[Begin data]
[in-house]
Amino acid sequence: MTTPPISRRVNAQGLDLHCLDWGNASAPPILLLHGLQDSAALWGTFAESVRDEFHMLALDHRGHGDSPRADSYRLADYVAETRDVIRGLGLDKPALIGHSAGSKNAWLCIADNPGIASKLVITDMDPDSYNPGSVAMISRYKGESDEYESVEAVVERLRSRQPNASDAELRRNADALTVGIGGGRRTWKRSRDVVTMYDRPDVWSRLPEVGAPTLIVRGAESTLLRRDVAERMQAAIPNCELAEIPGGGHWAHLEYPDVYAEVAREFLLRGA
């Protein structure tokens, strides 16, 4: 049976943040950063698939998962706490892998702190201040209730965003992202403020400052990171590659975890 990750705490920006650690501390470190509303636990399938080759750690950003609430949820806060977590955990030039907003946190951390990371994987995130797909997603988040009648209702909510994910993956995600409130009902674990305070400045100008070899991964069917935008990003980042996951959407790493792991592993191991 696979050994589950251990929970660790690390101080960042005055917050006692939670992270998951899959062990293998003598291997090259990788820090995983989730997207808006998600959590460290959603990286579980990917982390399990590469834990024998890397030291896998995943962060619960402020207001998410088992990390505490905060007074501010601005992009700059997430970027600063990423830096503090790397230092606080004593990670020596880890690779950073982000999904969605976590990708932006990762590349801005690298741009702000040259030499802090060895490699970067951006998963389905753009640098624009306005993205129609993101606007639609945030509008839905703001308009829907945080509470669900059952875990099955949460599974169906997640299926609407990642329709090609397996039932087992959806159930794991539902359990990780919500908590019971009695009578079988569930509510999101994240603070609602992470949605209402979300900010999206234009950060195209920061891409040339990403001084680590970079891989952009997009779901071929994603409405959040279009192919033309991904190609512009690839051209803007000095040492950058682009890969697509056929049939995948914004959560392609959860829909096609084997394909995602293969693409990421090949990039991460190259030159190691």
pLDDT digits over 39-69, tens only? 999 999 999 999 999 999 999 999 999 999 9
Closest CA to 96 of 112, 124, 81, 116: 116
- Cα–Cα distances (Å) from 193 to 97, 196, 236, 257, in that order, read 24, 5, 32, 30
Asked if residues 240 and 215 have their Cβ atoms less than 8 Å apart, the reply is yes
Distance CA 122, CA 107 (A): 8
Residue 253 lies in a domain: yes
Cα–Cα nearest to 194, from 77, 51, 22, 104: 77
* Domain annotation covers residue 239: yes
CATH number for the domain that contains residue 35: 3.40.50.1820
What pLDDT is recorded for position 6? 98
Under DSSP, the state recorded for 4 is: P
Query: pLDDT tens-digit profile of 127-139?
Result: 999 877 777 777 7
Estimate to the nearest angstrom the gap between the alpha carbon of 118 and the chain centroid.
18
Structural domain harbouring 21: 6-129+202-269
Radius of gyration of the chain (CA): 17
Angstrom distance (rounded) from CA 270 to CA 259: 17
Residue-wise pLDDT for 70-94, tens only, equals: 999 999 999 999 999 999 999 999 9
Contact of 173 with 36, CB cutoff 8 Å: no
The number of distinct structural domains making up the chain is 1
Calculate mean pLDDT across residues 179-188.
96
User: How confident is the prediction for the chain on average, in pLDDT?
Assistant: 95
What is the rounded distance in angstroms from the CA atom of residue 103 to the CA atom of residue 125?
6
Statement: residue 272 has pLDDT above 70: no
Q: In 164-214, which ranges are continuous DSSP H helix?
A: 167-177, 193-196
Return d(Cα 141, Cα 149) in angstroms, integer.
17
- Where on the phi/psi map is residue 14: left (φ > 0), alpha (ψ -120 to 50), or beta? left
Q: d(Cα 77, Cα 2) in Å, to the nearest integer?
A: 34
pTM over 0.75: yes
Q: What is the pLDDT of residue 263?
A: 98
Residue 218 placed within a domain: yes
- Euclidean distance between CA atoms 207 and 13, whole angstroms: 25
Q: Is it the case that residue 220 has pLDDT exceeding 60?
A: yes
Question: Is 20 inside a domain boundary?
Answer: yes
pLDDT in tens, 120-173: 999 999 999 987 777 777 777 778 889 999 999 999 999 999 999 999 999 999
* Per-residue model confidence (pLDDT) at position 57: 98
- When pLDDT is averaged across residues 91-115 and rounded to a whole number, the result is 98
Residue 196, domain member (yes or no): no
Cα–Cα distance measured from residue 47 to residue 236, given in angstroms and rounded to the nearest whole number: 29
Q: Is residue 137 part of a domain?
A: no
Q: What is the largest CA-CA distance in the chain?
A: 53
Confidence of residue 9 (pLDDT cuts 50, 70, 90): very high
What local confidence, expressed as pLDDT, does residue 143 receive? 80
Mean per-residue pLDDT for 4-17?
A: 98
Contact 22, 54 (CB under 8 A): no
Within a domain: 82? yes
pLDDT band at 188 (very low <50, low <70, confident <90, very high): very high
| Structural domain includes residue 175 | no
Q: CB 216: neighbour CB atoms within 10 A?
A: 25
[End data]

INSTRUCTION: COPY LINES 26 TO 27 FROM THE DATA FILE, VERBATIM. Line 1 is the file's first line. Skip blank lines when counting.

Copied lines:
96
User: How confident is the prediction for the chain on average, in pLDDT?